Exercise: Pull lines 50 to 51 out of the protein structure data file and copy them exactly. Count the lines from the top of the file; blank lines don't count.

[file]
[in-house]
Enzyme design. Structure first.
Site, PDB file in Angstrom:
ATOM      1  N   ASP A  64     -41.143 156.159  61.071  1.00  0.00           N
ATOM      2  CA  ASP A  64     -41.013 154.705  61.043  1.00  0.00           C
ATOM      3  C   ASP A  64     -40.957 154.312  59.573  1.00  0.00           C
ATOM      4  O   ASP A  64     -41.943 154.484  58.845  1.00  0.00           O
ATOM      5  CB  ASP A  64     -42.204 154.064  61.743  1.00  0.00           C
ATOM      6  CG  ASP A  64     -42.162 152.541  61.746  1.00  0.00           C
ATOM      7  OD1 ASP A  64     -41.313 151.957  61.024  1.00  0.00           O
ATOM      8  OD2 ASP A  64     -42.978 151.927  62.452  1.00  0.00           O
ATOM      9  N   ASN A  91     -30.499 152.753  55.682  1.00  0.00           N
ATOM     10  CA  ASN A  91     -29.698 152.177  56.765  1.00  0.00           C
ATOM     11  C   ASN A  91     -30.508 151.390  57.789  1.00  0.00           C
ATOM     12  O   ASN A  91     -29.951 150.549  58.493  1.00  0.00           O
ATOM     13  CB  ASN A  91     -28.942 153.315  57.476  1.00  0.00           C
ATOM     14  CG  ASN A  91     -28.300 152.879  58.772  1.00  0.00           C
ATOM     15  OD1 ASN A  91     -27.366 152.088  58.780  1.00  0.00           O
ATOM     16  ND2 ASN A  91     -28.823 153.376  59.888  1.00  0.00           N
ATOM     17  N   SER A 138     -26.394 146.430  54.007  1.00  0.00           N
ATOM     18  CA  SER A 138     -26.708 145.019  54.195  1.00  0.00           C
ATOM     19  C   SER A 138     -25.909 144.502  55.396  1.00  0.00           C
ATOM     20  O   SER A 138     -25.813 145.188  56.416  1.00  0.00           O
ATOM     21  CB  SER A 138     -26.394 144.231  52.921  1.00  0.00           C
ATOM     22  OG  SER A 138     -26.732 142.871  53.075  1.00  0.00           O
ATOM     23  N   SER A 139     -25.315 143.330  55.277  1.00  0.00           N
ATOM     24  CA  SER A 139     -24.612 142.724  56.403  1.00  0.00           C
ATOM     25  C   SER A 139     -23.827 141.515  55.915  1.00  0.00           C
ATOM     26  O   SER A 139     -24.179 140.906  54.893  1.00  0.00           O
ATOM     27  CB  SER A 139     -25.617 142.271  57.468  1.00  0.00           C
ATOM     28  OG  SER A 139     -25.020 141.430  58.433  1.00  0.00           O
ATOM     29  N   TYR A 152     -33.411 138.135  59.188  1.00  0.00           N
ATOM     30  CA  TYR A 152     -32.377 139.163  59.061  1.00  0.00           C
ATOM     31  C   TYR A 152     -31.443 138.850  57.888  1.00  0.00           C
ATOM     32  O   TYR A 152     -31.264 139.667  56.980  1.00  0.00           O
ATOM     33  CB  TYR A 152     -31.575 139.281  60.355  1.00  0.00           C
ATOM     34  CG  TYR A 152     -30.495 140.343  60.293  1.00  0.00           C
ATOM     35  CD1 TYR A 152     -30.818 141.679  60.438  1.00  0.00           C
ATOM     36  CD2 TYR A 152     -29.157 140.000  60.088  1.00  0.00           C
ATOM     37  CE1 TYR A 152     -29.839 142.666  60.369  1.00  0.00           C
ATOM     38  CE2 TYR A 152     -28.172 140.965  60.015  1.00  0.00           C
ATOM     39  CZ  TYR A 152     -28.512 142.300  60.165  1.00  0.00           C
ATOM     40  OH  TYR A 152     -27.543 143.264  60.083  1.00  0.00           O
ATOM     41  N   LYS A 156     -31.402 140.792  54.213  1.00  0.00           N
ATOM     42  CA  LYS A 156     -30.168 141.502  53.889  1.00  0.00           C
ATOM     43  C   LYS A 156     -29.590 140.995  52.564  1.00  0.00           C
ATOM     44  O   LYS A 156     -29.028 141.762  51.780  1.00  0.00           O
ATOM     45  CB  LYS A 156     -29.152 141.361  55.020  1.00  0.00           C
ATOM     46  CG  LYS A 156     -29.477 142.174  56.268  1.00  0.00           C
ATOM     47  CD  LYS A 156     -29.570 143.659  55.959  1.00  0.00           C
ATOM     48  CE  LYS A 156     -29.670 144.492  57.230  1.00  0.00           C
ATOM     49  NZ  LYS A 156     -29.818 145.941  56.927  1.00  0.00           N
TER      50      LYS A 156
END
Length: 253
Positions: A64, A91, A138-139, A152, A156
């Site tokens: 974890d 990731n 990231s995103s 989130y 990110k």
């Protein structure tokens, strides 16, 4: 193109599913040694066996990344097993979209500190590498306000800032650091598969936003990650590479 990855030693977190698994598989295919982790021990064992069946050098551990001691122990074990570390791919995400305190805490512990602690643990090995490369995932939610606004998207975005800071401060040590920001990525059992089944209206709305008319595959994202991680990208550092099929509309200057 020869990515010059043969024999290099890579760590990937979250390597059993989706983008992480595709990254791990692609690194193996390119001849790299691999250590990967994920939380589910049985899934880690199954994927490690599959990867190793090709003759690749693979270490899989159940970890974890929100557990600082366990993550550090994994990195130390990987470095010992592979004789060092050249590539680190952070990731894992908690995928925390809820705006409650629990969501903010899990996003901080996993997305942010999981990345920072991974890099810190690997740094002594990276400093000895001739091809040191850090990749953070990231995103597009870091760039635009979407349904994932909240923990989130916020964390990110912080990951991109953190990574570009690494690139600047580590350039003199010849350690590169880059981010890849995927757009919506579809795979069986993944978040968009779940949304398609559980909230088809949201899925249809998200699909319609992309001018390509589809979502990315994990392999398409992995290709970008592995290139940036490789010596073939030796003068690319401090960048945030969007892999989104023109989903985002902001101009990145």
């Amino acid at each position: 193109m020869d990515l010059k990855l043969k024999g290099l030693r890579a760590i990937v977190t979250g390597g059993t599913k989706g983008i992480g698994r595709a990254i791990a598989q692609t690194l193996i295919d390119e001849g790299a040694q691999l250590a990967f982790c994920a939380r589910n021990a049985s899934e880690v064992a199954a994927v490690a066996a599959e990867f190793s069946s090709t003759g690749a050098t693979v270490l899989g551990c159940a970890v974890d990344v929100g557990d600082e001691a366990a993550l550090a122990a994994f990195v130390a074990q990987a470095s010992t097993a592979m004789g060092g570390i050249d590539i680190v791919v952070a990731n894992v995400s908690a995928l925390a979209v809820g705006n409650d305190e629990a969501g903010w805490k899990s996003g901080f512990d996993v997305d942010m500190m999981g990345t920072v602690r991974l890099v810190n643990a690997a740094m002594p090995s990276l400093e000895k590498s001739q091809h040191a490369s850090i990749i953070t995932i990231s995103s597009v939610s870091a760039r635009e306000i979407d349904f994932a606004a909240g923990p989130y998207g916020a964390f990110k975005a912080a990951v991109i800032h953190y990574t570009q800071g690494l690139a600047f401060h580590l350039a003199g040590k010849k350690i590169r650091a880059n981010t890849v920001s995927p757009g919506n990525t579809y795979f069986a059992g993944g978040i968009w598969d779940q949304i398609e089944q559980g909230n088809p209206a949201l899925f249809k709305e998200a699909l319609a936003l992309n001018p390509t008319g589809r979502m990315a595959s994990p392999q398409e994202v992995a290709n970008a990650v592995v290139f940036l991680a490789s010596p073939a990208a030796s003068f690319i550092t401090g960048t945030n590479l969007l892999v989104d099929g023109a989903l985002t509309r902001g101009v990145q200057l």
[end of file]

ATOM     47  CD  LYS A 156     -29.570 143.659  55.959  1.00  0.00           C
ATOM     48  CE  LYS A 156     -29.670 144.492  57.230  1.00  0.00           C